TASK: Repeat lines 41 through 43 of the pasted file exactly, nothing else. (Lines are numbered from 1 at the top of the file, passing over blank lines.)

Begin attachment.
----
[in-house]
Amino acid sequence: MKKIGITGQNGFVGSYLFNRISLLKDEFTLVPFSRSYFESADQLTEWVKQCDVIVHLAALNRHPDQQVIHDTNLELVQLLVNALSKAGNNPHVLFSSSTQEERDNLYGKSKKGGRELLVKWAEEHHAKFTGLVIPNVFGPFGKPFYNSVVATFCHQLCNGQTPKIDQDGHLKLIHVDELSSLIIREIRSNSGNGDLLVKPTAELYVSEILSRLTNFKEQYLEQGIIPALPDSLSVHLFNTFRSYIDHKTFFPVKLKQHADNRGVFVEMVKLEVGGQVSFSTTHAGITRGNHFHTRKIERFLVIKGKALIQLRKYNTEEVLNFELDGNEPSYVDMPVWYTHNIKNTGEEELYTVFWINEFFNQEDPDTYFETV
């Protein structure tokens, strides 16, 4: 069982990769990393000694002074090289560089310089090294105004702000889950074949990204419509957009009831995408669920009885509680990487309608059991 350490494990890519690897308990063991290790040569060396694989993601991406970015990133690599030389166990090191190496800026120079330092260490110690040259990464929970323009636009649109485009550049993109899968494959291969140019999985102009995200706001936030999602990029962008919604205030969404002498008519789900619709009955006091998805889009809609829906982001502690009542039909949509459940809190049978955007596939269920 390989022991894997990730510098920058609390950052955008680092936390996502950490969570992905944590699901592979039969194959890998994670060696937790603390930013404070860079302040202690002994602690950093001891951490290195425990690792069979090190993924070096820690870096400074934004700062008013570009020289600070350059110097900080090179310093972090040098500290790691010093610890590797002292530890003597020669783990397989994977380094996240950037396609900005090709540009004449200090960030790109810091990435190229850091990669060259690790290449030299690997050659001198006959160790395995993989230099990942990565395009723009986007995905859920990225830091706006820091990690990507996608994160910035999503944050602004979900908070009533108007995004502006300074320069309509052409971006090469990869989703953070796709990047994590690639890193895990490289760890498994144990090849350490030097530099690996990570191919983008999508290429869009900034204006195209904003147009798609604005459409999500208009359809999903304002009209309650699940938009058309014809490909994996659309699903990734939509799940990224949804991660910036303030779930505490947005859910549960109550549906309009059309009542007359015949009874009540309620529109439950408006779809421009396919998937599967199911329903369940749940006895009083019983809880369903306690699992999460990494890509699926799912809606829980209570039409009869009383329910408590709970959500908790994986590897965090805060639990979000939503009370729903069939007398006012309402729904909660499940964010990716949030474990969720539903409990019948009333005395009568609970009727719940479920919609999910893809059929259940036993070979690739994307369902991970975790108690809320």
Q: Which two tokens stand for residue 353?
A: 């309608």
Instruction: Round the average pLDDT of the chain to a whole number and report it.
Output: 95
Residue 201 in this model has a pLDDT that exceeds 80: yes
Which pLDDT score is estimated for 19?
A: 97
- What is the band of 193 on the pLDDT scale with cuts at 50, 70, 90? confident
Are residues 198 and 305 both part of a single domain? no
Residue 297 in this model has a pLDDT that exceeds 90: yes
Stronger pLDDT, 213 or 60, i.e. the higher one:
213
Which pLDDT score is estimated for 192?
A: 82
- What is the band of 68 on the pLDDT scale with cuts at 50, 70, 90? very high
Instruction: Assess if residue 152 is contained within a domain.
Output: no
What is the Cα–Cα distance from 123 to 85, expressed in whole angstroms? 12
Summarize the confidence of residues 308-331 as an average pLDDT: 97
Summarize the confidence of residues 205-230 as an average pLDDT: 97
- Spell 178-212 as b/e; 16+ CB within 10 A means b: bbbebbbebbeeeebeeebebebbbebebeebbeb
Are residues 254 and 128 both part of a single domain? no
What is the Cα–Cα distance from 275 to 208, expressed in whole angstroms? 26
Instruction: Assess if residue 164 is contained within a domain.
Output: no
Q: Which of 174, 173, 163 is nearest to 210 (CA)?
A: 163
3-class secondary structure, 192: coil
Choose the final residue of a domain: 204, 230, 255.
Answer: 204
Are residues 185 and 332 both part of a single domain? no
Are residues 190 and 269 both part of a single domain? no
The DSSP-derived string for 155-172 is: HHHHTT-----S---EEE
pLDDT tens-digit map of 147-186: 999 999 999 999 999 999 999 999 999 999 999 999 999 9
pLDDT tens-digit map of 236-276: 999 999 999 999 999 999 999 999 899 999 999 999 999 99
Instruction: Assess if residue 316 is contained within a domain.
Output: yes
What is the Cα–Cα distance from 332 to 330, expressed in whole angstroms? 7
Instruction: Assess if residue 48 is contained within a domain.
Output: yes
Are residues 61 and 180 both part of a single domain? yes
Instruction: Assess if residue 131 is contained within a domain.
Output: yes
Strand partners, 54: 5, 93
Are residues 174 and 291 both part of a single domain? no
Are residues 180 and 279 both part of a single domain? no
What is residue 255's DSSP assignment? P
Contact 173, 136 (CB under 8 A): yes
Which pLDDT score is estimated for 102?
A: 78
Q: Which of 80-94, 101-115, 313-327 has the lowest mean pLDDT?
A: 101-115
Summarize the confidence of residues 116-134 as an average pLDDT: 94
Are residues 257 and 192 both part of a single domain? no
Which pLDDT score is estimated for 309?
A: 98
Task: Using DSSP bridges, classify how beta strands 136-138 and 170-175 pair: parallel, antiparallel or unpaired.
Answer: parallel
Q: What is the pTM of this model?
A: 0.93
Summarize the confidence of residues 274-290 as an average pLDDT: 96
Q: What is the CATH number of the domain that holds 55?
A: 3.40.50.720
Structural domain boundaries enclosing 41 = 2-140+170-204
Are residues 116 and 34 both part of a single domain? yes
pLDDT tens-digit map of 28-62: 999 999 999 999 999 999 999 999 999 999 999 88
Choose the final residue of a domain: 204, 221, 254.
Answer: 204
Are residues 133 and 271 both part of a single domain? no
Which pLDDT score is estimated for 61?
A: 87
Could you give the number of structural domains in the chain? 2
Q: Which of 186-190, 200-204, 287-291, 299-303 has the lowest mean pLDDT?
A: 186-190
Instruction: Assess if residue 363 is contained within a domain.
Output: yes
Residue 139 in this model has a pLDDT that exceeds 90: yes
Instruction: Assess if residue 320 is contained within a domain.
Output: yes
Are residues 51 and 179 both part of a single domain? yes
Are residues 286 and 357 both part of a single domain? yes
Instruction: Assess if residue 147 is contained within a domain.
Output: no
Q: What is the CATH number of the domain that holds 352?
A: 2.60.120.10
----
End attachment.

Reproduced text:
What is the Cα–Cα distance from 332 to 330, expressed in whole angstroms? 7
Instruction: Assess if residue 48 is contained within a domain.
Output: yes